How to Avoid Credit Card Debt: 9 Simple Tips

by Rob Bertman, CFA®, CFP® in Budgeting
September 1, 2022
avoid credit card debt

How to Avoid Credit Card Debt: 9 Simple Tips

It seems like everyone wants to help you get out of debt.

For example, if you Google “How to get out of credit card debt”, you’ll see close to 400 million search results, and a lot of it is selling something. Many financial products appear trying to get you to consolidate or do a balance transfer.

But if you Google “how to avoid credit card debt”, the search results are about 20% of that number.

So many companies are willing to help you solve the problem when you’re already in it, but who’s around to help you figure out how to avoid it?

Not only that, but how can you make it happen when you’re a busy family trying to balance work, school and the after-school activity shuffle?

The truth is, It’s hard to stay out of debt even for the most organized, financially-savvy families because sometimes life happens or we take our eye off the ball because more things are pressing at the moment. 

But there are things you can do to stay out of debt even if you’re super busy.

How we get into credit card debt

Part of understanding how to avoid debt is understanding first how people get into it. 

The good news is that there is a solution to buffer yourself against these reasons actually putting you into credit card debt – More on that in a bit.

We often think financial reasons are the main culprit, and that may certainly be the case. 

But there is also a mindset that gets us there too. Sometimes those are an even bigger driving factor of why we get into credit card debt.

Let’s start with the ones that don’t come to mind first.

reasons we get into credit card debt

Reason #1: Not knowing we’ve overspent

Credit cards make it much harder to know where we stand during the month.

Most of us see money in the bank account and feel like we’re ok… 

Then all of a sudden, the credit card bill comes.

“How did we spend this much! We don’t have enough to cover the whole bill.”

This happens again and again and becomes a perpetual cycle that many stay on.

The reality is that credit cards add a layer of complexity to determining our true financial position.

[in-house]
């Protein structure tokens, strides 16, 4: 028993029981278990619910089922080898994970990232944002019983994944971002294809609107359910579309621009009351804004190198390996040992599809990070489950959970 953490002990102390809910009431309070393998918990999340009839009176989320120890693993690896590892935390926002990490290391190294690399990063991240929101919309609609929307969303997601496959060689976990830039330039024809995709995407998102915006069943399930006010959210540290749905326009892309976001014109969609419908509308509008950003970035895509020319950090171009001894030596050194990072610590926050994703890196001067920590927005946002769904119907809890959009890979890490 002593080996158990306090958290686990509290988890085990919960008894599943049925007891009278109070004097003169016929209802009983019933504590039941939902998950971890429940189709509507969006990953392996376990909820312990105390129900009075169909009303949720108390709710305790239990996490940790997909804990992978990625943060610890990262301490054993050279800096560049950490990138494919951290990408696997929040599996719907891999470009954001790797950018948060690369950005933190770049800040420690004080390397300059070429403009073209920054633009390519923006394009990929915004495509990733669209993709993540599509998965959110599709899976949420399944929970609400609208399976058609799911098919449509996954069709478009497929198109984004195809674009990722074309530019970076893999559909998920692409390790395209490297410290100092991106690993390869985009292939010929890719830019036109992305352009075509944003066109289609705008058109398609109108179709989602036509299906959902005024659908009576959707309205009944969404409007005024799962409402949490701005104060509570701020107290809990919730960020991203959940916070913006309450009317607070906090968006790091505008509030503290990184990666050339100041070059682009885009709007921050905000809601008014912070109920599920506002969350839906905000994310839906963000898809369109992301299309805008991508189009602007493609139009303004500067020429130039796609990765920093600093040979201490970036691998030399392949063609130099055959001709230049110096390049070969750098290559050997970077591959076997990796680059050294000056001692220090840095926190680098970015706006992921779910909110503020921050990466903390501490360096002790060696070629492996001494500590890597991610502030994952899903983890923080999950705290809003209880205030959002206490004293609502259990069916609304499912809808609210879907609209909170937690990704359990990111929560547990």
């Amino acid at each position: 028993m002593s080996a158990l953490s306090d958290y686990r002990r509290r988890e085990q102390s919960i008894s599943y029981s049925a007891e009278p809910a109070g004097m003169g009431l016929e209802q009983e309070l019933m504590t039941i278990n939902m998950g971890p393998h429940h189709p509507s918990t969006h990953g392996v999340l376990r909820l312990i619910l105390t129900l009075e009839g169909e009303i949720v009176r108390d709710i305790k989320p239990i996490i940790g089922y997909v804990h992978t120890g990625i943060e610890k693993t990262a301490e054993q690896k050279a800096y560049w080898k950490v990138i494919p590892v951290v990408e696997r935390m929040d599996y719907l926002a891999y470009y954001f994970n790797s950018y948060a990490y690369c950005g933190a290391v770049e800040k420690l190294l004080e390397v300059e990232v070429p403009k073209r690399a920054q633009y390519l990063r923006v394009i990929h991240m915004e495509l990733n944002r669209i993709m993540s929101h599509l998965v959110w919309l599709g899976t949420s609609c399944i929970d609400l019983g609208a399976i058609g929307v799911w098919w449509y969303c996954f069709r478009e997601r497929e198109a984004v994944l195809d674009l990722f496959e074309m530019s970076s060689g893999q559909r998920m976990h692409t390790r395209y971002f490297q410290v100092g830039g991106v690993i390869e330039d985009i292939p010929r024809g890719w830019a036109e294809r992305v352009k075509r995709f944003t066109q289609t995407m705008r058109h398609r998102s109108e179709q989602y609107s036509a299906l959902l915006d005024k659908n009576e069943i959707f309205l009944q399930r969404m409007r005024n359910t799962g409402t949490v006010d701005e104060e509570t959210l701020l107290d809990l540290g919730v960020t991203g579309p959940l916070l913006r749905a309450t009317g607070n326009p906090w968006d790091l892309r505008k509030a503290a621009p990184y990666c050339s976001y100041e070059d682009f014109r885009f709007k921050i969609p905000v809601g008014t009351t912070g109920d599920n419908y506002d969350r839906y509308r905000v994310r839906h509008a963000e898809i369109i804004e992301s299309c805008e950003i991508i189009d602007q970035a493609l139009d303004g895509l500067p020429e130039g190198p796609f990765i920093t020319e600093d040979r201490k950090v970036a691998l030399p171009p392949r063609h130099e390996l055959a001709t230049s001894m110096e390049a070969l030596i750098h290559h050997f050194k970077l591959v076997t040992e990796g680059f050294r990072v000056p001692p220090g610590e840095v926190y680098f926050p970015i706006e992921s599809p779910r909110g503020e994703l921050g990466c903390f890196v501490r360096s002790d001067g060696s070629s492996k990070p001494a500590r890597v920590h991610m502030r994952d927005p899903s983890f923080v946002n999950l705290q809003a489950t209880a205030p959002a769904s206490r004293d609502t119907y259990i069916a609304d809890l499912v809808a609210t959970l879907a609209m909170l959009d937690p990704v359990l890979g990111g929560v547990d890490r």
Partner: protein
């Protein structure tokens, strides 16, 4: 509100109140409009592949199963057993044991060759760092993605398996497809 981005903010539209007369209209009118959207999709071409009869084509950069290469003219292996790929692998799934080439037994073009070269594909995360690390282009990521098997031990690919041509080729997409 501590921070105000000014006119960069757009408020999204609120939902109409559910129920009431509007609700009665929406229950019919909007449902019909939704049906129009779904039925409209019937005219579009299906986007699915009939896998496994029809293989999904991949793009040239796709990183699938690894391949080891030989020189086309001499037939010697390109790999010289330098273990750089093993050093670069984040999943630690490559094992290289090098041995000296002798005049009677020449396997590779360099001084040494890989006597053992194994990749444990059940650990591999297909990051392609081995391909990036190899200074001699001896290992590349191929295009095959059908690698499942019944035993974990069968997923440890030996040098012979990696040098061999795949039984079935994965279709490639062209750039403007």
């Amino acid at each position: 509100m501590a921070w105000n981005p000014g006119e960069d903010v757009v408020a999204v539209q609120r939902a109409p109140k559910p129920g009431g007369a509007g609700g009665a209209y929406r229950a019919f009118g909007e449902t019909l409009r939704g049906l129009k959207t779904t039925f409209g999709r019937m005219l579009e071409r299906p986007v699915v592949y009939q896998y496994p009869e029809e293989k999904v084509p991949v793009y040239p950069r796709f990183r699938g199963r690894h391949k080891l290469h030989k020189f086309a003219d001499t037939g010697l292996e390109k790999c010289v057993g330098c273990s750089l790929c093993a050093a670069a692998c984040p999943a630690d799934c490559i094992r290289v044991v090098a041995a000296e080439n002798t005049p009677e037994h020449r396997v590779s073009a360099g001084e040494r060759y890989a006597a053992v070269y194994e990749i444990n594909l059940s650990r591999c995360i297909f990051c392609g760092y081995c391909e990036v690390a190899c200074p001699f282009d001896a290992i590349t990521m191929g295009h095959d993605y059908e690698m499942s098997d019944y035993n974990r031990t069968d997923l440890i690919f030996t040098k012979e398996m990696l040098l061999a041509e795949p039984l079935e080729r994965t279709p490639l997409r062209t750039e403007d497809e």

Think about how different it would be if your credit card deducted the money from your bank account every time you spent. Then you’d be able to see the bank account go down and know when you’ve overspent.

Oh wait, that’s called a debit card 🙂

In all seriousness though, credit cards are fine if you’re used to tracking your spending or have a better understanding of the psychological tricks they use to get you to spend.

Reason #2: Being ok with it

The human brain is pretty amazing. It learns to cope and get “comfortable” or “numb” with any circumstance after we’ve been in it for a while.

Once we start carrying a credit card balance, we start to view it as ok, as if it’s no big deal.

This mindset is one that gets people in and keeps them in credit card debt.

Reason #3: Bank account balance you’re used to.

This is kind of an interesting one.

What comes to mind first is that there’s not enough to cover the bill so you just make the minimum payment.

But sometimes, families have the money, but they just don’t want to see it leave their bank account.

Credit cards rack up a balance alongside cash in the bank. It gives people a sense of security even though it’s not the true reality.

Whether the first or second scenario describes you, the idea here is that we all have a number we’re “used to” seeing in our checking account or savings account.

When we have more money, we feel like we can spend. When we have less, we will do what it takes to get it back up…including carrying a balance even if we’re paying high interest.

Reason #4: Unexpected Expenses

You know the feeling.

Things are moving along. You’re on a solid financial path.

Then all of a sudden, something happens. Car trouble, house trouble, a medical bill. It’s something in the thousands that you end up putting on a credit card.

unexpected expenses

We’ve all heard about this, so I won’t spend too much time here.

Reason #5: Temporary Set Back or Drop in Income

You’re used to living a certain way and living off of what you make, but then your income drops.

Maybe there’s a job loss, a decrease in salary, or you get paid only when you work and you just can’t work for a period of time.

Either way, that drop in income tips the scales from saver to spending more than you make and making your credit card balance grow.

Why is credit card debt bad?

Yes, we know that credit cards usually carry the highest interest rates, but there are other reasons at play here too.

why is credit card debt bad

Reason #1: It’s the gateway debt to all others

Once a family goes into credit card debt once, it becomes “normal”. Carrying a balance ends up being no big deal. 

After a while, everything starts to go on monthly payments. 

Then a ton of monthly cash flow is going to payments which makes it tough to get ahead since you’re still playing catch up.